We are working to protect rare California wild lands like old growth forests, volcanic cliffs, pristine river gorges, rocky spires and wildflower meadows. Preserving these beautiful places also protects wildlife habitat, enhances recreation and expands wilderness for generations of visitors.
In the last decade, The Wilderness Society and our partners have permanently protected more than one million acres of California’s wilderness. Now we are focused on wild land campaigns that extend across the state.
Less than 100 miles from the Bay Area and Sacramento, this area is filled with meadows, clear creeks and snow fields. Its rich biodiversity includes wild tule elk, osprey and river otter.
We’re working to upgrade this national monument to a national park. Near the central coast town of Soledad, it is a volcanic wonderland of spires, caves and California condors.
Home to Bodie ghost town, this Eastern Sierra gem is dotted with aspen groves, Sierra views and high plateaus. Visitors can observe pronghorn antelope and greater sage-grouse.
Pristine river canyons and peaceful rocky vistas dot Agua Tibia and Beauty Mountain. Our goal is to complete wilderness protections here adjacent to Riverside County.
Wilderness is a precious resource with many human, natural and economic benefits that we need to protect.
Learn more about issues affecting the places we work to protect with our Notes from the Field.
Hear artists, activists and adventurers share what the ownership and legacy of these American wildlands means to them.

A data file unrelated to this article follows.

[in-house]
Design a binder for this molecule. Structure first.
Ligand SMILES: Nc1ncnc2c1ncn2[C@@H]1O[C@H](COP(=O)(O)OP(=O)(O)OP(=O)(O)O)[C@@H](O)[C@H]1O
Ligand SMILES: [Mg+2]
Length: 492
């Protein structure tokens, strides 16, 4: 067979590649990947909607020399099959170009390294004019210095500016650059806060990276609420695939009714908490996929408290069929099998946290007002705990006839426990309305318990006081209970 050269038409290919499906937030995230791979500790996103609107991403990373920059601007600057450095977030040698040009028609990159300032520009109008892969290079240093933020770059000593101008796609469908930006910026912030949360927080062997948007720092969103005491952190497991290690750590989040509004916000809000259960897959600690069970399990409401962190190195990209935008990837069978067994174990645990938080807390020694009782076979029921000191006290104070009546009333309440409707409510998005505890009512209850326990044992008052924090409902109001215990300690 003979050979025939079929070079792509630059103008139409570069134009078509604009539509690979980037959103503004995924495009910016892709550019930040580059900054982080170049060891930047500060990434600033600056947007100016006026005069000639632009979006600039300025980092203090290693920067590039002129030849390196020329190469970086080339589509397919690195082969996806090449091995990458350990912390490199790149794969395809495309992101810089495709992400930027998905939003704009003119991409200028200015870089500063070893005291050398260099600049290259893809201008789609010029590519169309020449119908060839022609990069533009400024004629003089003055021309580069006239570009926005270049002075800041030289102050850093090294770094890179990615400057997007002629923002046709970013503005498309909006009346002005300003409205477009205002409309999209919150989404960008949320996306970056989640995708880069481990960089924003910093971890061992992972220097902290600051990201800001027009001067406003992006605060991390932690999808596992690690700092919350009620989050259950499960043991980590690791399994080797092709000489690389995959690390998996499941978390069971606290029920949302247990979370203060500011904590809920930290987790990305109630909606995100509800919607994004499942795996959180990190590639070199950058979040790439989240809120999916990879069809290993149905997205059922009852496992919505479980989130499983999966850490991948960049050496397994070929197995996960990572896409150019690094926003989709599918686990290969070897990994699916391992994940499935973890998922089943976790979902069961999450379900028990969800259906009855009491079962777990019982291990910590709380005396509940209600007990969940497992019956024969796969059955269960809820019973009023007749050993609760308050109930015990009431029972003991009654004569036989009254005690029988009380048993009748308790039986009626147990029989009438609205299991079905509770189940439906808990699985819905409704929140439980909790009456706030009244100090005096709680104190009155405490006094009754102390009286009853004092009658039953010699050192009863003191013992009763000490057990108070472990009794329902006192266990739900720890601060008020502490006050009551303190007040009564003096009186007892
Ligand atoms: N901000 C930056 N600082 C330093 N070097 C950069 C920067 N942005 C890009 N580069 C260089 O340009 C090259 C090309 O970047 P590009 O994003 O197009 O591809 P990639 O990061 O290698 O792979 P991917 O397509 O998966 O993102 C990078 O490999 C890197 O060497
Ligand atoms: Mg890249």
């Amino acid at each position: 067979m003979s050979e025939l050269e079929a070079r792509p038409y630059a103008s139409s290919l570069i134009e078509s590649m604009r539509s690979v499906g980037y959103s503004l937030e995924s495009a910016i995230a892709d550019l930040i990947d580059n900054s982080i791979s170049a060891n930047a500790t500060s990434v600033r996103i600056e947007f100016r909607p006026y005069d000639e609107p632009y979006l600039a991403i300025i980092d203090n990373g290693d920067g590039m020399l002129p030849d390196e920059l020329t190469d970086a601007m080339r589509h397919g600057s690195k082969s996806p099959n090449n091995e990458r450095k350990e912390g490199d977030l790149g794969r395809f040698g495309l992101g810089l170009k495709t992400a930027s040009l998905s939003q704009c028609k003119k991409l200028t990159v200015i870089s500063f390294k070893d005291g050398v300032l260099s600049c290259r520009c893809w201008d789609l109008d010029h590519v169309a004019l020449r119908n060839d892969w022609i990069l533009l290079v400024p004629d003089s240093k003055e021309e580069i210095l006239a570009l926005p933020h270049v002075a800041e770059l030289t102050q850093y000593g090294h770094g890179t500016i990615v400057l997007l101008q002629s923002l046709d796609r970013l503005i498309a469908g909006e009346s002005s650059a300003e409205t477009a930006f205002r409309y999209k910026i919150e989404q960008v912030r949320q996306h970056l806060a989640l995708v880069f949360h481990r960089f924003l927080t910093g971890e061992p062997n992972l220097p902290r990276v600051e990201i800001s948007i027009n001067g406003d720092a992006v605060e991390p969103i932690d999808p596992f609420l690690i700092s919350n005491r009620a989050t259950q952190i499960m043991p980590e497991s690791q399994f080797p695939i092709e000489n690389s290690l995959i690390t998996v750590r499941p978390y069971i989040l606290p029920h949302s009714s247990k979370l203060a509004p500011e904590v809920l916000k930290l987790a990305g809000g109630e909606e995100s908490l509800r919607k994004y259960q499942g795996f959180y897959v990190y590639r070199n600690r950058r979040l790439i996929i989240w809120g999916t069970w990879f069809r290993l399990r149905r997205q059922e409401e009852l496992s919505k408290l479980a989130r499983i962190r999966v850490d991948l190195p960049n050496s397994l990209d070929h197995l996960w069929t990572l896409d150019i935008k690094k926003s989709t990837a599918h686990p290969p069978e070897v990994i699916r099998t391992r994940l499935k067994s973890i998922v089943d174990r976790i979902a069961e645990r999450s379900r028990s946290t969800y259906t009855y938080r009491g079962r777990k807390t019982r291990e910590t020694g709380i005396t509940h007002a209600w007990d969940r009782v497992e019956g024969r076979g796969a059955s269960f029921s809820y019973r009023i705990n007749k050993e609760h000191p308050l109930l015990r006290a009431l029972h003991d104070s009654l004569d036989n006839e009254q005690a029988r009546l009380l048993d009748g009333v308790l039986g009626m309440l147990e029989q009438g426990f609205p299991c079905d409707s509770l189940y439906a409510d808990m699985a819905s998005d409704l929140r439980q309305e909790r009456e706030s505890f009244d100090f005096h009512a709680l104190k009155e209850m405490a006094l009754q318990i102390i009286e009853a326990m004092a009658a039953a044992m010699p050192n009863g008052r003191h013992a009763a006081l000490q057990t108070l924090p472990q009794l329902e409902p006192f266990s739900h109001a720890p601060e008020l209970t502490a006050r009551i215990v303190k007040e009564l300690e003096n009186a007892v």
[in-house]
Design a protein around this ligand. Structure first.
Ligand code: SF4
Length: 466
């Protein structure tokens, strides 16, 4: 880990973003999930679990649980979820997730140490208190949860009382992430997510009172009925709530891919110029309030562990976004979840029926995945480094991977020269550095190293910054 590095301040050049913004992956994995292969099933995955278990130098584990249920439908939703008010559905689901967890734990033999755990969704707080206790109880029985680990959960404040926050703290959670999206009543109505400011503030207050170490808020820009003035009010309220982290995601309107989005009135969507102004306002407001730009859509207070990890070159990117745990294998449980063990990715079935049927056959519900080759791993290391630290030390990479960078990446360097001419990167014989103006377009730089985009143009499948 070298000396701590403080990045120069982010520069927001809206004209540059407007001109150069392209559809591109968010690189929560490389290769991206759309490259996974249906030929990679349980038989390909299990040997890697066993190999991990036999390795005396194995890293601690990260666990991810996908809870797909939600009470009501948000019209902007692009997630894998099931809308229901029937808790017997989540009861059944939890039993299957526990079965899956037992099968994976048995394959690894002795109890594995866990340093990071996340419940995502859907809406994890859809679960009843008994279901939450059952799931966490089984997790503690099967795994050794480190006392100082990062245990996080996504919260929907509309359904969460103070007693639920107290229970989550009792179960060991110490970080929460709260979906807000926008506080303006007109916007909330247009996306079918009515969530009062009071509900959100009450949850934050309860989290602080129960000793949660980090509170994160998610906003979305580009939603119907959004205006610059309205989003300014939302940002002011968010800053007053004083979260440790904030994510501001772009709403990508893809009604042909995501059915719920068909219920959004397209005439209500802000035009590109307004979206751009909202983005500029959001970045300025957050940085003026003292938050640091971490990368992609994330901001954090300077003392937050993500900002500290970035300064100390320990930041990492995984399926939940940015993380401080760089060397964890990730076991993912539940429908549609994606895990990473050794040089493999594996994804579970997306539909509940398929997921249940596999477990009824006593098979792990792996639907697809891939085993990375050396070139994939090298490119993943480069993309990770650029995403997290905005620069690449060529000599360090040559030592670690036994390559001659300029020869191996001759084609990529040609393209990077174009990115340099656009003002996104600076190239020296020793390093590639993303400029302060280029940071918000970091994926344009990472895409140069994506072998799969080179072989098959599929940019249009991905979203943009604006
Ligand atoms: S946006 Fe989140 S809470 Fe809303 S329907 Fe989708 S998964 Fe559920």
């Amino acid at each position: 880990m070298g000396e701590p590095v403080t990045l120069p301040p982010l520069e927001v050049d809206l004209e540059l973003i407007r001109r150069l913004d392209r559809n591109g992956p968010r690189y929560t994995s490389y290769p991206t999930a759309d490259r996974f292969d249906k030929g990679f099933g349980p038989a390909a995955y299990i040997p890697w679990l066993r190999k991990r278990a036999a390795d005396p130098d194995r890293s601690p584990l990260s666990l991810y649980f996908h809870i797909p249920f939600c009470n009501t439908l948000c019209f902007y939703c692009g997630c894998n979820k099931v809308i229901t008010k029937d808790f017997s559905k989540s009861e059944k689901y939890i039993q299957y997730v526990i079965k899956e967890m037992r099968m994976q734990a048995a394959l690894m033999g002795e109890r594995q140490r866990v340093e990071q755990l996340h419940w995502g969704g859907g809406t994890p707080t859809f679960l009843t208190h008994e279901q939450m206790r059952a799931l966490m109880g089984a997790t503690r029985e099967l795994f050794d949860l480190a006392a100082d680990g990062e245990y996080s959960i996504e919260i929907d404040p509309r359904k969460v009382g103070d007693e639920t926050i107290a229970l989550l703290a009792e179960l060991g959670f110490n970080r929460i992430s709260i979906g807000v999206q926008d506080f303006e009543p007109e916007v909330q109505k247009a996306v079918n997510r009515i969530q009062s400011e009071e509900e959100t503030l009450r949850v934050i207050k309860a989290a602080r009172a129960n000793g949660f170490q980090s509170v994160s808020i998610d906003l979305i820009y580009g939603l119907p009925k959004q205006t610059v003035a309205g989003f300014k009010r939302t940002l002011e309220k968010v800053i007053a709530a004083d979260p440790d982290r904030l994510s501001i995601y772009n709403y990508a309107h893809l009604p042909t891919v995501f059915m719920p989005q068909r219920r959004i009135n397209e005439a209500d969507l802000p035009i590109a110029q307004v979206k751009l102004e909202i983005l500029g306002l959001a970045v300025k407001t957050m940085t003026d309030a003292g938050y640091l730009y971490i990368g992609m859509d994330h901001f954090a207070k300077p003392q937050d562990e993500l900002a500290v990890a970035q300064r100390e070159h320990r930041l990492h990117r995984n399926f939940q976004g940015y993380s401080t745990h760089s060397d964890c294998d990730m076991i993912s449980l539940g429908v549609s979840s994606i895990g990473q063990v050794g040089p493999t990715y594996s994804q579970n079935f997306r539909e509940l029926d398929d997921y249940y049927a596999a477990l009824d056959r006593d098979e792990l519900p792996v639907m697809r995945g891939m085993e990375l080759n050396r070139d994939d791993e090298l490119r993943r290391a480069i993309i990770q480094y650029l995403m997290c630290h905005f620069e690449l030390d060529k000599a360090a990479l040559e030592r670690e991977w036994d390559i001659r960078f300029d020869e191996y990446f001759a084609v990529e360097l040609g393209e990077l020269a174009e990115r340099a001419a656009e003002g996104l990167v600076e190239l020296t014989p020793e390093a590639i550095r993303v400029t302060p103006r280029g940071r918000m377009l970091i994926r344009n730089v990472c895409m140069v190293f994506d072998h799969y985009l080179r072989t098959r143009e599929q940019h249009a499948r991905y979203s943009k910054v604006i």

- Monday, February 12, 2018
Today, the Interior Department's Bureau of Land Management announced a new methane waste rule to replace its own regulations that went into effect only about one year ago. The new rule eliminates important environmental and public health protections established under the 2016 rule and will result in increased natural gas waste and reduced taxpayer revenue.
The following statement is from Jamie Williams, president of The Wilderness Society:
- Monday, February 12, 2018
President Trump’s infrastructure and budget proposals are essentially Valentine’s gifts to oil, gas, coal and other extractive interests.
The plans would increase fossil fuel development on public lands, weaken environmental safeguards, drain funds from conservation programs and even allow selling off public lands to pay for infrastructure.
Jamie Williams, President of The Wilderness Society, said:
- Friday, February 9, 2018
Public lands and environmental protections would be steamrolled under President Trump’s proposed infrastructure plan according to The Wilderness Society’s review of leaked White House documents. His proposed fiscal year 2019 budget would likely further hobble budgets of federal land management agencies and choke vital programs like the Land and Water Conservation Fund. Both are expected to be released on February 12.
Drew McConville, Senior Managing Director at The Wilderness Society, said: